March 19, 2020 — When a crisis hits, we all pitch in with what we have. In response to the current pandemic, NVIDIA is sharing tools with researchers that can accelerate their race to understand the novel coronavirus and help inform a response.
Starting today, NVIDIA will provide a free 90-day license to Parabricks to any researcher in the worldwide effort to fight the novel coronavirus. Based on the well-known Genome Analysis Toolkit, Parabricks uses GPUs to accelerate by as much as 50x the analysis of sequence data.
We recognize this pandemic is evolving, so we’ll monitor the situation and extend the offer as needed.
If you have access to NVIDIA GPUs, fill out this form to request a Parabricks license.
For researchers working with Oxford Nanopore long-read data, a repository of GPU-accelerated tools is available on GitHub. In addition, the following applications already have NVIDIA GPU acceleration built in: Medaka, Racon, Raven, Reticulatus, Unicycler.
Researchers are sequencing both the novel coronavirus and the genomes of people afflicted with COVID-19 to understand, among other things, the spread of the disease and who is most affected. But analyzing genomic sequences takes time and computing muscle.
Accelerating science has long been part of NVIDIA’s core mission. The Parabricks team joined NVIDIA in December, providing the latest tool for that work. It can reduce the time for variant calling on a whole human genome from days to less than an hour on a single server.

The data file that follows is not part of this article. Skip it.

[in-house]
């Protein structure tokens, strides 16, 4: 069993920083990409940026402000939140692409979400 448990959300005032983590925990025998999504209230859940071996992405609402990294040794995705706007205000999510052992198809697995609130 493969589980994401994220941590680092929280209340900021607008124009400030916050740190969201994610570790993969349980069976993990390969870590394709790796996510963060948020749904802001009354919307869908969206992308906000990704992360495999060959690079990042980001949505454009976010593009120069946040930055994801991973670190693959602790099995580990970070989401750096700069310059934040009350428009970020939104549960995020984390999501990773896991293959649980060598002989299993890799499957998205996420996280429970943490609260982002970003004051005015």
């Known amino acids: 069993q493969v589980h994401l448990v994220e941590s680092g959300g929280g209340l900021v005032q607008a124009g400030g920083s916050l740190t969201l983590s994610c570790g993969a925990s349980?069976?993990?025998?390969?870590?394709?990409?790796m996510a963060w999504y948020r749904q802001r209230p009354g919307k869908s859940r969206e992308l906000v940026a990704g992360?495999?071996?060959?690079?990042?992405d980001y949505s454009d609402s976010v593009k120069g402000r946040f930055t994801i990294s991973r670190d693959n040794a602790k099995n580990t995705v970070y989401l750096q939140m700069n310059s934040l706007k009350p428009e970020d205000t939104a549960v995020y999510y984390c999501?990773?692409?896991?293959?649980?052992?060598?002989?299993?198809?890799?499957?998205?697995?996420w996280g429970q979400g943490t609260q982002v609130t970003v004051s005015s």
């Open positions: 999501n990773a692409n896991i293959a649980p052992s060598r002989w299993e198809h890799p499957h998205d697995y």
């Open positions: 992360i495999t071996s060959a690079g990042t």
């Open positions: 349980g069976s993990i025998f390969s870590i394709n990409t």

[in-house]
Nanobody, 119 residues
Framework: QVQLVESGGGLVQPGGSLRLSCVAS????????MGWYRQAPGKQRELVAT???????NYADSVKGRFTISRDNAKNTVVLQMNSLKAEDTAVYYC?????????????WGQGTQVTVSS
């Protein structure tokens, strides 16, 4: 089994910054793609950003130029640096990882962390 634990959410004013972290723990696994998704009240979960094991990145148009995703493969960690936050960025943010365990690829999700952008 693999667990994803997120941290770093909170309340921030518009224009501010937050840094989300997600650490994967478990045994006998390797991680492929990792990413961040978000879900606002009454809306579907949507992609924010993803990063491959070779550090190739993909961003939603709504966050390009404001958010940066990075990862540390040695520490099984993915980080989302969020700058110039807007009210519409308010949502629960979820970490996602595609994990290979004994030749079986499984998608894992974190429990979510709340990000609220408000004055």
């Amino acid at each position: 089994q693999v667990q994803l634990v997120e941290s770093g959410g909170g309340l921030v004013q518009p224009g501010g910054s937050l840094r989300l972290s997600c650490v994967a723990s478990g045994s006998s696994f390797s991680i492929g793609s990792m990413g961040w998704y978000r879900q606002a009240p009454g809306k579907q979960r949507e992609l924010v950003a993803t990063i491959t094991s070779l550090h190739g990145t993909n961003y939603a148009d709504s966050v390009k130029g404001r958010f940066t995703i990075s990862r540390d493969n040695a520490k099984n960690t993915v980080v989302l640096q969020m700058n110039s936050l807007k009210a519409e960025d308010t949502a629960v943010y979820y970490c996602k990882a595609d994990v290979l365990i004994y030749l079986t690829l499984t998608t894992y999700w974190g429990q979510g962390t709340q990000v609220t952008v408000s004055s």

Given the unprecedented spread of the pandemic, getting results in hours versus days could have an extraordinary impact on understanding the virus’s evolution and the development of vaccines.
NVIDIA is inviting our family of partners to join us in matching this urgent effort to assist the research community. We’re in discussions with cloud service providers and supercomputing centers to provide compute resources and access to Parabricks on their platforms.
We’ll update this blog with links to others who can provide cloud-based access to NVIDIA GPUs and this software as those sources become available.
Source: Kimberly Powell, NVIDIA Corp.